- Member for
- 1 year 6 months
The 11th annual River Valley Bridal Fair is set for this Sunday, March 21, at River Falls High School. One lucky couple will be winning the grand prize -- a luxury honeymoon vacation, air and hotel for five nights at a 5-star luxury resort. Doors will open at noon with a fashion show starting at 3 p.m.
EAU CLAIRE - Biologists with the state Department of Natural Resources have tracked what could be the same cougar through parts of St. Croix, Pierce and Dunn counties in western Wisconsin. It is possible this is the cougar that was photographed and tracked Dec. 11 in Stillwater, Minnesota. That cougar was moving east, and it would have been easy for the big cat to cross the frozen St. Croix River. Tracks found in Stillwater and in St. Croix County are similar in size.
My former colleague Jim Klobuchar covered NFL football for the Minneapolis newspapers for almost 50 years. Who better than to give fans an overview of the game that has come to dominate the sporting scene in America? In "Always on Sunday," (Nodin Press, $19.05) Klobuchar takes aim at developments in the sport over the years.
The St. Croix Valley Symphony Orchestra will feature Tony Capparelli, a River Falls High School senior, when they perform Mendelssohn's Piano Concert No. 1 in G minor, at 7:30 p.m. Thursday, Oct. 22, in the Abbott Concert Hall of the Kleinpell Fine Arts Building. UW-RF Music Professor Kristin Tjornehoj directors the 65-member orchestra, which is comprised of students and adult community members. Admission is $5 for adults; $3 for seniors; and $2 for UW-RF students.
Back in the 1960s, "Gonzo" journalism came on the scene with writers like Tom Wolfe with his hilarious "Radical Chic and Mau-Mauing the Flak Catchers," in which he attends a party thrown by Leonard Bernstein for a bunch of unruly Black Panthers. Then there was George Plimpton's "Paper Lion," his account of trying out at the Detroit Lions' Training Camp. Finally, there was the "Gonzo' of them all, Hunter S. Thompson, who reported that presidential candidate Edmund Muskie looked as if he were on drugs because he WAS doing drugs.
Holy cow! I didn't know there was such a thing as a Halsey Hall Chapter of the Society for Baseball Research until I received a review copy of "Minnesotans in Baseball," by Stew Thornley, prominent Minnesota author of sports stories and biographies based in the Gopher State, like "On to Nicollet" his fascinating history of the Minneapolis Millers and its stars, like Ted Williams. In this new outing, Thornley acted as editor and major contributor of biographies of Minnesotans who made their mark on baseball in Minnesota and other venues.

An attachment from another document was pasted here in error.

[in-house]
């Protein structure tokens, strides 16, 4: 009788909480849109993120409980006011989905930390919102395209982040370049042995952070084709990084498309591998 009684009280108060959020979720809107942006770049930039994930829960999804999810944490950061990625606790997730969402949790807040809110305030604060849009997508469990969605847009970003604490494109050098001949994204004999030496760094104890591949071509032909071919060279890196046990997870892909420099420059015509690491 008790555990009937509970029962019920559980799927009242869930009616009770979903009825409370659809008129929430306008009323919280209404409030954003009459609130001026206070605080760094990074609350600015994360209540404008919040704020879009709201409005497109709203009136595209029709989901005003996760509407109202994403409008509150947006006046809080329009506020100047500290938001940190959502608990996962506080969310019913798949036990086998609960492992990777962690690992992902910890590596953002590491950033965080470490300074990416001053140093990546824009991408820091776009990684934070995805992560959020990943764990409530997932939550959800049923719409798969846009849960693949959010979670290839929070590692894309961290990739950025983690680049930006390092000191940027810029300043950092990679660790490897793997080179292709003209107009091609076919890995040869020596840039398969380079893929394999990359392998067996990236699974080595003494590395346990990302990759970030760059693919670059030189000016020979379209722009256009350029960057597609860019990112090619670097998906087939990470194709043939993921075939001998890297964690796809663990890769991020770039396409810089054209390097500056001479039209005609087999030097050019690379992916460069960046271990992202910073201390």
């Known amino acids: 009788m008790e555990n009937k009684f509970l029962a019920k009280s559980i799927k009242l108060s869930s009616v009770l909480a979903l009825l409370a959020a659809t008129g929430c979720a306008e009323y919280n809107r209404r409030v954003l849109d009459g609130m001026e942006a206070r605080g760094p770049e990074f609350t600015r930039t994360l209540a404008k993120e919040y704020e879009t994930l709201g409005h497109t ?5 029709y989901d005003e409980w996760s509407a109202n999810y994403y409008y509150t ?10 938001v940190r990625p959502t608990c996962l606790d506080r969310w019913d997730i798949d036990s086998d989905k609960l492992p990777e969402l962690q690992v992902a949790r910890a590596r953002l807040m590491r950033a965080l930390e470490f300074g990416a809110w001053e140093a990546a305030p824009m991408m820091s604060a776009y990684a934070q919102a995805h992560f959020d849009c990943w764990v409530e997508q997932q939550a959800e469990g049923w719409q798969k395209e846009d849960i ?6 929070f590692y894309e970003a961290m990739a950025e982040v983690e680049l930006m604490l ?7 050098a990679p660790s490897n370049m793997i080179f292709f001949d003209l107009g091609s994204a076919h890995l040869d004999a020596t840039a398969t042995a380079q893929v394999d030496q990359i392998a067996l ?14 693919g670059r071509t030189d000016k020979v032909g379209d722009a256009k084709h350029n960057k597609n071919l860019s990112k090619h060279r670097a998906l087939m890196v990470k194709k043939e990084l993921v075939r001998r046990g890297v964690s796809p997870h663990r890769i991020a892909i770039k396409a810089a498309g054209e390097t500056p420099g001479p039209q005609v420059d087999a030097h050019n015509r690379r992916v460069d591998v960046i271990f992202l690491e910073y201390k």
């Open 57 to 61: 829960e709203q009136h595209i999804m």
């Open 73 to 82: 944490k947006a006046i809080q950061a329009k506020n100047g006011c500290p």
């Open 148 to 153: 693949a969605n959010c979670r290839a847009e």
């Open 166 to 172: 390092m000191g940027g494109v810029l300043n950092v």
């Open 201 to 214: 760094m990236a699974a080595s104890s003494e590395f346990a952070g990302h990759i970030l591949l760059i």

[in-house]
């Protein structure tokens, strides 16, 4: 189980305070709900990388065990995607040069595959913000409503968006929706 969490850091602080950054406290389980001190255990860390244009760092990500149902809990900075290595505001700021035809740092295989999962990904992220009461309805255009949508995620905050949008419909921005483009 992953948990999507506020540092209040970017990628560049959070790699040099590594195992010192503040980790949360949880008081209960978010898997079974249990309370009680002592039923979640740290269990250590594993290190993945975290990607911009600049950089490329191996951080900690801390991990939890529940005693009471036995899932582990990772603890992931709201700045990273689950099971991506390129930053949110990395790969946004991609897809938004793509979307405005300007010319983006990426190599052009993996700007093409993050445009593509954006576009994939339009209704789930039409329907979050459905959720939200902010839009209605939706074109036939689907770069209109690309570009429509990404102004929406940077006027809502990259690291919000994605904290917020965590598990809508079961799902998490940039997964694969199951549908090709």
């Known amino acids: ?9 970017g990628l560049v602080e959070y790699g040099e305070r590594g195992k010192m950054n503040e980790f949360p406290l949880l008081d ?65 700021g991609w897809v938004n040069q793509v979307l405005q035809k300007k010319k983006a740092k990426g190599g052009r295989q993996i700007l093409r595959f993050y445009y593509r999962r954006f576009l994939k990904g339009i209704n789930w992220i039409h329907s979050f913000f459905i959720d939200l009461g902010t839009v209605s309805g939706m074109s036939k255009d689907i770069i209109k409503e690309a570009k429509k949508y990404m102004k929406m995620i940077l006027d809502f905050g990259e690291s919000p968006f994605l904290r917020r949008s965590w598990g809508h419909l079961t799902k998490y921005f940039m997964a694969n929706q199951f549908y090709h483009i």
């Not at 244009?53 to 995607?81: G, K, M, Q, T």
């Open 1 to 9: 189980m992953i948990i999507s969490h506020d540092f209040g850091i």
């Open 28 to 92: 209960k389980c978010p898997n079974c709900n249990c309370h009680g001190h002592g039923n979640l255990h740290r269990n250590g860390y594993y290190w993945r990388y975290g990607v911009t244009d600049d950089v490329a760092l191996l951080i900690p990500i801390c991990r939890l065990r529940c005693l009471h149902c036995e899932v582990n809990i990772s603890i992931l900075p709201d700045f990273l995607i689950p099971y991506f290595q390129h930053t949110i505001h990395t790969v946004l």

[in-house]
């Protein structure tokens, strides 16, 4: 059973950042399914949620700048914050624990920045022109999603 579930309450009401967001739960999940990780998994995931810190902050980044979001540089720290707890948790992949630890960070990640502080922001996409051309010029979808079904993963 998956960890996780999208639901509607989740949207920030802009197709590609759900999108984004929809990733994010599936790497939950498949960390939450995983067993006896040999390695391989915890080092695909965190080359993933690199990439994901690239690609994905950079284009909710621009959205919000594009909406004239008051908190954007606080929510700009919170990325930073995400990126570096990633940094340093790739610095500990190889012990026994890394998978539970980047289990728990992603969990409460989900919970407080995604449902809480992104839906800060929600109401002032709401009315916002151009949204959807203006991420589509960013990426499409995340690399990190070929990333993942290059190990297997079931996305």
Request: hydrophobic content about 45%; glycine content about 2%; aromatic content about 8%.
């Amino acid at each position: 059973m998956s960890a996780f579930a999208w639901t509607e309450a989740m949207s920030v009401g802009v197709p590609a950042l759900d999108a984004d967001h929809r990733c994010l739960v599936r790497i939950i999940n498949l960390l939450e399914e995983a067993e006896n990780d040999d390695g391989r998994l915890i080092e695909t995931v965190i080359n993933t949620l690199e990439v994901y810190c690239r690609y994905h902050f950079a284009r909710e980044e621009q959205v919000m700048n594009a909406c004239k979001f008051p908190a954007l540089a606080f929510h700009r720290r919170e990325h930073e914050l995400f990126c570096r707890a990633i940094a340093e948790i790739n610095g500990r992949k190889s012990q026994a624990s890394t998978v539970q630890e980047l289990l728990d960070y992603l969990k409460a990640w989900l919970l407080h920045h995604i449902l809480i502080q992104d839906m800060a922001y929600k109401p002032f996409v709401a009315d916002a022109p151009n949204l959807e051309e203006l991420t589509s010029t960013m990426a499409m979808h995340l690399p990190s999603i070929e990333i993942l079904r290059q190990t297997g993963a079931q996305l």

Ofttimes excellent novelists make poor critics, poor assessors of books written by their peers. Ernest Hemingway and his treatment of F. Scott Fitzgerald comes immediately to mind. Such is not the case with E.L.
Last month the U.S. lost one of the great writers in the pantheon of 20th century literature, John Updike, the kid from Skillington, Pa., who wanted to grow up and be a satirist for the New Yorker. Updike succeeded at that and then some. Eatablishing himself at the New Yorker in 1954 at age 22, he went on to write a series of novels about Rabbit Angstrom, the lower middle-class kid Updike followed through his entire life.
Still looking for last minute holiday gifts for hard-to-buy friends and relatives? I've got a few that just came across my desk in time for you to run out and buy a copy. Books, you know, are easy to wrap. If you get stuck with a batch of apples, you make applesauce. That's what a longtime acquaintance of mine did when the newspaper where he served as book review editor closed down its book review section. Nick Basbanes was middle-aged and the prospects were glum. But Basbanes put his shoulder to the wheel and pushed hard.
Gerald Louis Iwasko, age 79, of River Falls, WI, passed away Saturday, Oct. 11, 2008, suddenly while on vacation in California. He was born May 27, 1929, in Cloquet, MN, and was the son of Gertrude & Albert Iwasko. He grew up on a farm; his younger days filled with outdoor activities. Gerry enlisted with the US Air Force during the Korean War era and served in the band. He was a talented musician - playing the French horn, violin and bass as well as singing. He toured with a jazz band throughout the US and was frequently asked to provide violin or vocal solos at church.